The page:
Honduras: J1 No Objection Statement Waiver


The J1 Program is a wonderful Cultural-Exchange Visa Program that brings highly educated professionals from abroad for a period of stay of up to 5 years. The J1 Visa Holder usually comes to the US with the condition that they return to their home country for 2 or more years after the J1 Program ends. This condition, this 2-year home residency requirement, is a “contractual agreement” many J1 professionals wish to waive for marriage to a US Citizen or future employment reasons.

The waiver process might feel daunting, almost like you will be moving heaven and earth, but the requirements are simple and explained below.

NOS Waiver Application Requirements:

The following are the eligibility requirements for the Honduras NOS Waiver Request:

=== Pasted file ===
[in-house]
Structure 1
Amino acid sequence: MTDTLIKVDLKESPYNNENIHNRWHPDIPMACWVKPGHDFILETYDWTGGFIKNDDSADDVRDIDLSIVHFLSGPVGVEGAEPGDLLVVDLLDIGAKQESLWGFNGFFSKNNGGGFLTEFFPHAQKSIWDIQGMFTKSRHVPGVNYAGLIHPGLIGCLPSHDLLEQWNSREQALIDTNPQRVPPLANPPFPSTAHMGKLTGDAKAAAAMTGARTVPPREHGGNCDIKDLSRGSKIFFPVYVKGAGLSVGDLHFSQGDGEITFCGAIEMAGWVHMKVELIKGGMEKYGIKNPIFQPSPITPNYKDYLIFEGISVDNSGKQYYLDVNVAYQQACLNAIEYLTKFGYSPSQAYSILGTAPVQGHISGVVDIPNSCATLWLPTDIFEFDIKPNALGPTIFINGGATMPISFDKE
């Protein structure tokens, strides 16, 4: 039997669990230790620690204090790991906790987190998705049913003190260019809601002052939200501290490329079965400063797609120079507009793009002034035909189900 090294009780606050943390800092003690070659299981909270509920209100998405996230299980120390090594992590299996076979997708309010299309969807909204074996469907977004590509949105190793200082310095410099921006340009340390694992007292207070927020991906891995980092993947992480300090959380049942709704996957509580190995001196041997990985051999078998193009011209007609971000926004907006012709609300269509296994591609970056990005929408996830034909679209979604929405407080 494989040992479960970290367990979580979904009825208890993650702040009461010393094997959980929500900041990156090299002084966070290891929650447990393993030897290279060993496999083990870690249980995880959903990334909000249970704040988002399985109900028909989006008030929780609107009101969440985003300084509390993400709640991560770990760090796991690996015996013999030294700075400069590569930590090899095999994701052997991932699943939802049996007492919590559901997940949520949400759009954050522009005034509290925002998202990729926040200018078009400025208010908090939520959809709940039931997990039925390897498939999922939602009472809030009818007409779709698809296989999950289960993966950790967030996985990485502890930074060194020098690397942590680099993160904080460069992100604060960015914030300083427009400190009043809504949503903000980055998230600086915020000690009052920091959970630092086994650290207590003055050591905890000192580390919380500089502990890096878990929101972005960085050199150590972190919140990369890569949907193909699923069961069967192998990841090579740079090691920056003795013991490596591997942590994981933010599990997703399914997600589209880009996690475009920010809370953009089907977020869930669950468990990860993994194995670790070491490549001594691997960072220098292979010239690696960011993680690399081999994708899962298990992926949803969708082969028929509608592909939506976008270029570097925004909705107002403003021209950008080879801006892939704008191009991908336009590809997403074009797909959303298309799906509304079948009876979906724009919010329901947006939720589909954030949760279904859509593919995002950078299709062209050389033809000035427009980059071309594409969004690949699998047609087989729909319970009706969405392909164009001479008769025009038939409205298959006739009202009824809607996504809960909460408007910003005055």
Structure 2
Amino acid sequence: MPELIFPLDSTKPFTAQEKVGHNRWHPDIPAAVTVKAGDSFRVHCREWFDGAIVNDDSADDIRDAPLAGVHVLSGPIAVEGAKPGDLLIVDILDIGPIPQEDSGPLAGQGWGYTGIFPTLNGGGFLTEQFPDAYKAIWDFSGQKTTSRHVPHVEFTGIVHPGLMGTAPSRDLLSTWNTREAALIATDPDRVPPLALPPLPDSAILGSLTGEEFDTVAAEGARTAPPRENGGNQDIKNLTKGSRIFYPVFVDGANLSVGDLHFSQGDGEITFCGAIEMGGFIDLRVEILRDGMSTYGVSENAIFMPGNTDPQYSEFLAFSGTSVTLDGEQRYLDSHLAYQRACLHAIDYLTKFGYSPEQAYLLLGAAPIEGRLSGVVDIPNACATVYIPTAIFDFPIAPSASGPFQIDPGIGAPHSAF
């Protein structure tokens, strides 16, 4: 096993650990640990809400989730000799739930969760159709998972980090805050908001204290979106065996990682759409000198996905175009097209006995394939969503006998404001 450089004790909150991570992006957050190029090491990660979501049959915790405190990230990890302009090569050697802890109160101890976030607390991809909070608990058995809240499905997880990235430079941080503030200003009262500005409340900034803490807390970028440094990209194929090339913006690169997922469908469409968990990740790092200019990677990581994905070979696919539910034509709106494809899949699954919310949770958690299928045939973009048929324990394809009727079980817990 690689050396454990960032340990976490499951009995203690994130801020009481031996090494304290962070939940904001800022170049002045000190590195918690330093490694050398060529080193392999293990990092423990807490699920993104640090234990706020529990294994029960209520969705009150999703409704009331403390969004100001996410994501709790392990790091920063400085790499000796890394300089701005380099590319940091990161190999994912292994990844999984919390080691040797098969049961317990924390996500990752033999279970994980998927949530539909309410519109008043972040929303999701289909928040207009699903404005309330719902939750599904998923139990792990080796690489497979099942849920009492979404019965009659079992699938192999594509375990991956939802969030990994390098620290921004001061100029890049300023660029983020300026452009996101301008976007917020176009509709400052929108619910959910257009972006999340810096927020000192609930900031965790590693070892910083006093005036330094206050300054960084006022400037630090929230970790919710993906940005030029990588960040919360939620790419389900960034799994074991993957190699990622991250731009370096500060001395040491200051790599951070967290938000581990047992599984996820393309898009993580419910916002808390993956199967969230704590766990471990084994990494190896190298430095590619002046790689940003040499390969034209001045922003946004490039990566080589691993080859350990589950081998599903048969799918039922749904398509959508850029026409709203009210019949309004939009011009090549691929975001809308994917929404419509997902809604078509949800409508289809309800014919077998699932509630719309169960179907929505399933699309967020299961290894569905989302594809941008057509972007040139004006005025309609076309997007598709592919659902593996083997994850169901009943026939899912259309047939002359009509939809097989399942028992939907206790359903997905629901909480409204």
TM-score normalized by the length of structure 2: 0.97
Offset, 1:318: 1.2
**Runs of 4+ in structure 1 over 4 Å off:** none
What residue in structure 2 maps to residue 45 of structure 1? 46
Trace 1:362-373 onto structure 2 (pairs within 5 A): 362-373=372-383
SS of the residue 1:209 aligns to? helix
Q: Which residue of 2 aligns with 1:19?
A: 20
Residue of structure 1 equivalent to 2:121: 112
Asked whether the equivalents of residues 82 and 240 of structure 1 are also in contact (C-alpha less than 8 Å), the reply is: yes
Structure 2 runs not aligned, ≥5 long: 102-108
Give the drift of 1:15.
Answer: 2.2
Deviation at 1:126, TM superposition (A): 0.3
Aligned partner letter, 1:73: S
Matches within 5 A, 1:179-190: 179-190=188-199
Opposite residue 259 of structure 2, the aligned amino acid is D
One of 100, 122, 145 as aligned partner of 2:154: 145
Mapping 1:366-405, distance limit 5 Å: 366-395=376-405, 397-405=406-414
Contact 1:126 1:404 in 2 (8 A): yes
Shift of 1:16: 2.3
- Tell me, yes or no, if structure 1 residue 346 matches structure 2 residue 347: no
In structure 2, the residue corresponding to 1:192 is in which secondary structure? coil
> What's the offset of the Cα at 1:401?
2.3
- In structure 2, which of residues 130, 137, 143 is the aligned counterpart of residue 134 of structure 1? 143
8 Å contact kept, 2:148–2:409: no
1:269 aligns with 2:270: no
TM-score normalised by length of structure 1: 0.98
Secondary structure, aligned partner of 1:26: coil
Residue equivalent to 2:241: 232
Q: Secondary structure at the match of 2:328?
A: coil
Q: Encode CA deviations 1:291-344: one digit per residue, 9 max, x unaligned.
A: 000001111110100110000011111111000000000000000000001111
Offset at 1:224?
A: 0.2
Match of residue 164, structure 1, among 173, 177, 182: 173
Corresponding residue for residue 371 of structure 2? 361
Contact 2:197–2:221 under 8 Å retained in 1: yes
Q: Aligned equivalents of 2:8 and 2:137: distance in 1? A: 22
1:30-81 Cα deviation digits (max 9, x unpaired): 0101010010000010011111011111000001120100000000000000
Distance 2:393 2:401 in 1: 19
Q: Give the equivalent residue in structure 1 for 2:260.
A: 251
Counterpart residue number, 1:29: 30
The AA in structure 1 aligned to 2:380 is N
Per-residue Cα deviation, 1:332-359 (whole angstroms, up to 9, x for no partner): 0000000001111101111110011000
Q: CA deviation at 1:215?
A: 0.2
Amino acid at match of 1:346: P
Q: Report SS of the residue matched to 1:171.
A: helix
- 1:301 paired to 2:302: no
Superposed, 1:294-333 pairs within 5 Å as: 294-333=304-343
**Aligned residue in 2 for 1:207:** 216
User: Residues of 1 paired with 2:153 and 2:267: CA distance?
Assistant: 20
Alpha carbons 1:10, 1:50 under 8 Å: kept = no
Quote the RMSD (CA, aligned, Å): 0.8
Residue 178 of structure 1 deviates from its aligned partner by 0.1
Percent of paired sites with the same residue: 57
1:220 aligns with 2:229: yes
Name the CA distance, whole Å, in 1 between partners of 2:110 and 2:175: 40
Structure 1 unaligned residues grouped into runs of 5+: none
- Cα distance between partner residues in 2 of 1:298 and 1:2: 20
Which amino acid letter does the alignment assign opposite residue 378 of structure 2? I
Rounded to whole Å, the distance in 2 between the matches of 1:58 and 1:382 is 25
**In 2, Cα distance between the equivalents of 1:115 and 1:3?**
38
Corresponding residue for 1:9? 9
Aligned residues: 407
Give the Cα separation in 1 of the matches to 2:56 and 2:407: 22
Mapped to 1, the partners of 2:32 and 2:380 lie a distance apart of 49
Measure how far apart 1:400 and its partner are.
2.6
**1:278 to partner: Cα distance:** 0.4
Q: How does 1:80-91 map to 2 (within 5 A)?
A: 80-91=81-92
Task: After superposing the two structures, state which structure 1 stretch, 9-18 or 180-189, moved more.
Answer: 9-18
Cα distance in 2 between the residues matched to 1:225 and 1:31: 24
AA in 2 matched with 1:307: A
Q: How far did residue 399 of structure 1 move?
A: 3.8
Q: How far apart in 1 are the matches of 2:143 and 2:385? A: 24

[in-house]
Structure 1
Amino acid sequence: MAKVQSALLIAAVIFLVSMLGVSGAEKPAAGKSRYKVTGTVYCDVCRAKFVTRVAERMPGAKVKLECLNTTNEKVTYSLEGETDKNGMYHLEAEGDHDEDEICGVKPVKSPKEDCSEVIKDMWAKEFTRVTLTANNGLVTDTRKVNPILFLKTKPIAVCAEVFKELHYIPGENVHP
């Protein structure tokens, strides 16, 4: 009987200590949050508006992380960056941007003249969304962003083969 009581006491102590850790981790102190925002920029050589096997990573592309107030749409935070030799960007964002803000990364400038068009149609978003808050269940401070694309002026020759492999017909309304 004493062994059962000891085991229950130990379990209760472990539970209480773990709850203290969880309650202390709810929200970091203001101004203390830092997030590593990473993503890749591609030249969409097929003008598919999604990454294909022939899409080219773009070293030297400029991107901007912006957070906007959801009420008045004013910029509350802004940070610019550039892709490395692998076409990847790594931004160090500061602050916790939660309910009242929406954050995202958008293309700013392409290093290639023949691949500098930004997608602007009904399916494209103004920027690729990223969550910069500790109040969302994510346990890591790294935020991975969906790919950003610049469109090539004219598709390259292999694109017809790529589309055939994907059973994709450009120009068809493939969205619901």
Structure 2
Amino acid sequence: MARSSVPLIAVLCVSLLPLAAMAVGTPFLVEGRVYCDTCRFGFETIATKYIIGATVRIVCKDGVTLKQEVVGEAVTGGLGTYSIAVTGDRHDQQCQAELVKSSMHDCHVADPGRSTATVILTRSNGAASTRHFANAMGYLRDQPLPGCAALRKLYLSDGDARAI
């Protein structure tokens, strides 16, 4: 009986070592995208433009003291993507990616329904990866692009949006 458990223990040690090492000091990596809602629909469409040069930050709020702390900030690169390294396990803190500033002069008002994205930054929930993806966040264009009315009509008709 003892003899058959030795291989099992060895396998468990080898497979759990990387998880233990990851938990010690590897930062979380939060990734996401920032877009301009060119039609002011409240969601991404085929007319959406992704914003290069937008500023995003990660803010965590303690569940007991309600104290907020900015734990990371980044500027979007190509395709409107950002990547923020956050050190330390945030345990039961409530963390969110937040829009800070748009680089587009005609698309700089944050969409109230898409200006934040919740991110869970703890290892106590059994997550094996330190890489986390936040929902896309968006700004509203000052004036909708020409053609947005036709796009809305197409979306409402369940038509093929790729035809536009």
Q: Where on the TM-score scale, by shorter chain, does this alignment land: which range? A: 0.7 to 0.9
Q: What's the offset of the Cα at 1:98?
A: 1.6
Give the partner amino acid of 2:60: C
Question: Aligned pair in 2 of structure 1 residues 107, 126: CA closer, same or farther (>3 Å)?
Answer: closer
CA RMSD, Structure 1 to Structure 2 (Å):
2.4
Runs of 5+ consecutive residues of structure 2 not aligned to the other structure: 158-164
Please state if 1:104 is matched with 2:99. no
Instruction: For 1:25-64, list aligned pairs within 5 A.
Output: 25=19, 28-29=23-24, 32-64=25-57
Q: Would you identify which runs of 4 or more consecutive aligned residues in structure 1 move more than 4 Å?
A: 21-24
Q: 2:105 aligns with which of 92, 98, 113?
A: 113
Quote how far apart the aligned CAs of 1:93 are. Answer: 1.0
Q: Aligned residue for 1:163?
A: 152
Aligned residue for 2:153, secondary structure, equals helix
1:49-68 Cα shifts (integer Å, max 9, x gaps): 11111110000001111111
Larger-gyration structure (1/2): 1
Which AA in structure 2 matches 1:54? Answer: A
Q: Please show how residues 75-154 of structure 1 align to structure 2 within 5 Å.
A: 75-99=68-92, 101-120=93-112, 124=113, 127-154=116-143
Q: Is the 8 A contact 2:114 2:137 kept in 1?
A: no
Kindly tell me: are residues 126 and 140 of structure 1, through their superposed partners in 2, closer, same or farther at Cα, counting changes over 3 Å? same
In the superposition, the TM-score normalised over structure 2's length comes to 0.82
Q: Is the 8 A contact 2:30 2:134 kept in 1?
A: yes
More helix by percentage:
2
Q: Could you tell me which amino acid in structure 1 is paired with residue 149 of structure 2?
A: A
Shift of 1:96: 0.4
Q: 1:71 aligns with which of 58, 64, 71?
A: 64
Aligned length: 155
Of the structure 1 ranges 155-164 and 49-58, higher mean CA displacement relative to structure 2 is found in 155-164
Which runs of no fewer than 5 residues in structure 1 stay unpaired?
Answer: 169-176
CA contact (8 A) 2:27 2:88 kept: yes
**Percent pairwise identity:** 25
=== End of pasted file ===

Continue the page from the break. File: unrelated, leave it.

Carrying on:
1. A Letter addressed to the Embassy of Honduras in the United States and signed by the interested party, and must contain
    • Name and contact information
    • Presentation of the way in which the J-1 Visa was obtained.
    • Amount of time elapsed since you entered the States United under J-1 status.
    • An admission that, by accepting a J-1 visa, you accepted a commitment to return to reside in Honduras for a period not less than two years.
    • Explanation of the reasons why you do not wish to return to Honduras.
  2. Original letter from the Institution that sponsored your J-1 visa, which states that the Sponsor has no objection to the J1 applicant not returning to Honduras.
  3. Sworn statement of the applicant, made before the Consulate of Honduras upon payment of $50.00 by Money Order or authenticated by a Notary and Apostilled, stating that the letter requested in the previous paragraph is signed by the sponsor (sponsor) of your J-1 Visa or a sworn statement that the institution does not issue that type of letter, as the case may be.